AUGUSTA – One thing most people with experience in Maine’s Judicial or jail system would agree on is a need to reform Maine’s bail laws. Some say that as many as two-thirds of the people in Maine’s jails right now have not been convicted of a crime – they are awaiting trial and unable to make bail. The system as it currently stands places a heavy burden on taxpayers and to the loved ones and dependents of those in jail awaiting trial.
be found across the state of household breadwinners in low-income households
being arrested and held because they are unable to make bail.
for reform argue that the bail system itself is built upon a centuries old
system where bail was treated more as a penalty for not appearing in court for
your crimes than as it currently is – which looks more like paying for your
freedom before being found guilty.
But a new bill in the Maine Legislature is proposing to overhaul Maine’s bail system, and some of the changes are likely to hit opposition for a new, looser approach to releasing some Mainers accused of crimes.
The bill also would remove the requirement that a defendant consent to submit to random searches for possession or use of alcohol or illicit drugs, and it removes the requirement for a defendant to regularly report to their attorney.
The bill, L.D. 1421 is titled An Act to Amend the Maine Bail Code and is sponsored by Rep. Rachel Talbot-Ross. It received strong support from bail reform and prisoner advocates at a public hearing in late February, but chatter had been picking up that some of the reforms may go too far.
In the original bill text, the bail
reform proposal “Clarified the rebuttable presumption that, except for formerly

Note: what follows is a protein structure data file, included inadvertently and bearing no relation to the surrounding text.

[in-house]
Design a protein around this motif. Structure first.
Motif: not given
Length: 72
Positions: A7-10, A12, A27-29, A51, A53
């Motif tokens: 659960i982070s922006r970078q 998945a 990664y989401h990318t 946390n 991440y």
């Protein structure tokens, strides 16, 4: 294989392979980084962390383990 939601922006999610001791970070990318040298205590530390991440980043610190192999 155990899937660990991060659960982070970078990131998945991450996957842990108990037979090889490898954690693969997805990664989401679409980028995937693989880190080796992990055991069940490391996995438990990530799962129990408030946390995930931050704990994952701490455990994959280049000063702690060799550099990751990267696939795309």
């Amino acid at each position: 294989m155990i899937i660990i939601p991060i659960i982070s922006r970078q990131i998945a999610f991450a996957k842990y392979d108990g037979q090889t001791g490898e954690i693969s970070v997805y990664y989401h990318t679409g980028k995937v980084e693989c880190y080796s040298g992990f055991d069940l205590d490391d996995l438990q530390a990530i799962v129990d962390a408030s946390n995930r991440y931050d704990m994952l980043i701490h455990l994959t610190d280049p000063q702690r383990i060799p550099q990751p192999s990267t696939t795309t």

capital offenses a defendant must be released on personal recognizance with no
Maine Bail Code defines “formerly
capital offenses” as “crimes
which have been denominated capital offenses since the adoption of the
Constitution of Maine.”
formerly capital offenses are murder, treason, rape, armed robbery, armed
burglary of a dwelling at night and arson of a dwelling at night. (Harnish
v. State, 1987).
That fundamentally meant that anyone arrested for any crime that was not one of those six crimes would have been released on personal recognizance with no ability to require bail.
language brought forward by the bill sponsor in testimony at the public hearing,
the bill would only allow bail for those arrested for more serious crimes, such
as the aforementioned “formerly capital offenses” and other Class D or worse
crimes, which carry maximum sentences of more than six months in jail and maximum
fines of $2,000 to $50,000.
language passes, many arrests will no longer result in a person being required
to make bail. Some Class E crimes are relatively minor in regard to public
safety, such as violations of Maine’s Inland Fisheries and Wildlife laws.
Others include laws that forbid shooting of domestic animals; criminal trespass;
theft by unauthorized taking or transfer; theft by deception and many more.
The new language
also proposes other changes, including removing “from the list of potential conditions
of release for preconviction bail being required to submit to a random search for
possession or use of alcohol or illegal use of drugs when use or possession is prohibited
by a condition of release, and being required to report on a regular basis to the
“One of the things that moved me to sponsor
this bill, and also struck me about the driver’s licenses bill, is the idea that
some of our laws intended to punish people for doing wrong end up punishing people
more severely than the nature of the wrong. In doing so, the laws also end up disproportionately
harming that person, as Well as exacting damage on their children, families, schools
and communities in the process,” said Rep. Talbot-Ross in testimony to the
Legislature’s Criminal Justice Committee.
Bail reform laws across the nation
have been a mixed bag.
In New York, the state’s recent bail
reforms have come under fire from Republicans and some Democrats, who argue
that the reforms have triggered more people to commit crimes and unleashed a
wave of repeat offenders. The issue became so serious that New York City’s
largest police union declared
a “public safety emergency.”